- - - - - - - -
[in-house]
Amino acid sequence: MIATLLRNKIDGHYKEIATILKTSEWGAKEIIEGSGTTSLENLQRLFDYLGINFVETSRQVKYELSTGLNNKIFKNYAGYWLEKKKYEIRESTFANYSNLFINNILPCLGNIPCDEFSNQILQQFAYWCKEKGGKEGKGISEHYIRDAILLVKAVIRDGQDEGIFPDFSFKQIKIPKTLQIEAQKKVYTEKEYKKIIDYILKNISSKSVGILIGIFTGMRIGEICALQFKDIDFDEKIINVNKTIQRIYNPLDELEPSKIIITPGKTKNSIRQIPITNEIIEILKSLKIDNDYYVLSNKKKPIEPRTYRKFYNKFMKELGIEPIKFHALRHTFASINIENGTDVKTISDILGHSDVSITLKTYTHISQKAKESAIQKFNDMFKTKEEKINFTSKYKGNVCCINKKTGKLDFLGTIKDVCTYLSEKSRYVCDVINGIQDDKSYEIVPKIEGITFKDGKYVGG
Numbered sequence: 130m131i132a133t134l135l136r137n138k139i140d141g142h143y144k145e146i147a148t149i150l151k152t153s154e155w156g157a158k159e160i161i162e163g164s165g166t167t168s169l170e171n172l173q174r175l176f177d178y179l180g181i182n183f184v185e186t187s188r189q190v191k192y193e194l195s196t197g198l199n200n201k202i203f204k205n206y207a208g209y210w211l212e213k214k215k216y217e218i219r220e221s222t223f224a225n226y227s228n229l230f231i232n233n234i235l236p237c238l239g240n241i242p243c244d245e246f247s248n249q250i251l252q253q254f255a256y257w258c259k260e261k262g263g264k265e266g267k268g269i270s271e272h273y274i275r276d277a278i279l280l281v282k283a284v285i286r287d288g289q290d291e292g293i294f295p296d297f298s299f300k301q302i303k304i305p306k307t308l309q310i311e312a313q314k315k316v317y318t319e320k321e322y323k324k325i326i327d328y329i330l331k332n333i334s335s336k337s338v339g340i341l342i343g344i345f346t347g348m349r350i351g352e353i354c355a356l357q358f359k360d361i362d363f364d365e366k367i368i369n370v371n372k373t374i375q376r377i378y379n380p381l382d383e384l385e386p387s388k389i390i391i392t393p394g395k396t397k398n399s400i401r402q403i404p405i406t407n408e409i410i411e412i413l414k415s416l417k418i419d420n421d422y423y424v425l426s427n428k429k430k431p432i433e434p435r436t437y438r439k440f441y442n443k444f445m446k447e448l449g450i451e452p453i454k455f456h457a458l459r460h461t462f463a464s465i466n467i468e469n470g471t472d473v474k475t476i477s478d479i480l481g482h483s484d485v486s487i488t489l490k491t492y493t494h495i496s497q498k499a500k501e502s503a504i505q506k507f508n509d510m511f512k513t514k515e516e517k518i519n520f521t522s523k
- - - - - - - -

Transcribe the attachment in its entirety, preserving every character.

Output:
[in-house]
Amino acid sequence: MIATLLRNKIDGHYKEIATILKTSEWGAKEIIEGSGTTSLENLQRLFDYLGINFVETSRQVKYELSTGLNNKIFKNYAGYWLEKKKYEIRESTFANYSNLFINNILPCLGNIPCDEFSNQILQQFAYWCKEKGGKEGKGISEHYIRDAILLVKAVIRDGQDEGIFPDFSFKQIKIPKTLQIEAQKKVYTEKEYKKIIDYILKNISSKSVGILIGIFTGMRIGEICALQFKDIDFDEKIINVNKTIQRIYNPLDELEPSKIIITPGKTKNSIRQIPITNEIIEILKSLKIDNDYYVLSNKKKPIEPRTYRKFYNKFMKELGIEPIKFHALRHTFASINIENGTDVKTISDILGHSDVSITLKTYTHISQKAKESAIQKFNDMFKTKEEKINFTSKYKGNVCCINKKTGKLDFLGTIKDVCTYLSEKSRYVCDVINGIQDDKSYEIVPKIEGITFKDGKYVGG
Numbered sequence: 130m131i132a133t134l135l136r137n138k139i140d141g142h143y144k145e146i147a148t149i150l151k152t153s154e155w156g157a158k159e160i161i162e163g164s165g166t167t168s169l170e171n172l173q174r175l176f177d178y179l180g181i182n183f184v185e186t187s188r189q190v191k192y193e194l195s196t197g198l199n200n201k202i203f204k205n206y207a208g209y210w211l212e213k214k215k216y217e218i219r220e221s222t223f224a225n226y227s228n229l230f231i232n233n234i235l236p237c238l239g240n241i242p243c244d245e246f247s248n249q250i251l252q253q254f255a256y257w258c259k260e261k262g263g264k265e266g267k268g269i270s271e272h273y274i275r276d277a278i279l280l281v282k283a284v285i286r287d288g289q290d291e292g293i294f295p296d297f298s299f300k301q302i303k304i305p306k307t308l309q310i311e312a313q314k315k316v317y318t319e320k321e322y323k324k325i326i327d328y329i330l331k332n333i334s335s336k337s338v339g340i341l342i343g344i345f346t347g348m349r350i351g352e353i354c355a356l357q358f359k360d361i362d363f364d365e366k367i368i369n370v371n372k373t374i375q376r377i378y379n380p381l382d383e384l385e386p387s388k389i390i391i392t393p394g395k396t397k398n399s400i401r402q403i404p405i406t407n408e409i410i411e412i413l414k415s416l417k418i419d420n421d422y423y424v425l426s427n428k429k430k431p432i433e434p435r436t437y438r439k440f441y442n443k444f445m446k447e448l449g450i451e452p453i454k455f456h457a458l459r460h461t462f463a464s465i466n467i468e469n470g471t472d473v474k475t476i477s478d479i480l481g482h483s484d485v486s487i488t489l490k491t492y493t494h495i496s497q498k499a500k501e502s503a504i505q506k507f508n509d510m511f512k513t514k515e516e517k518i519n520f521t522s523k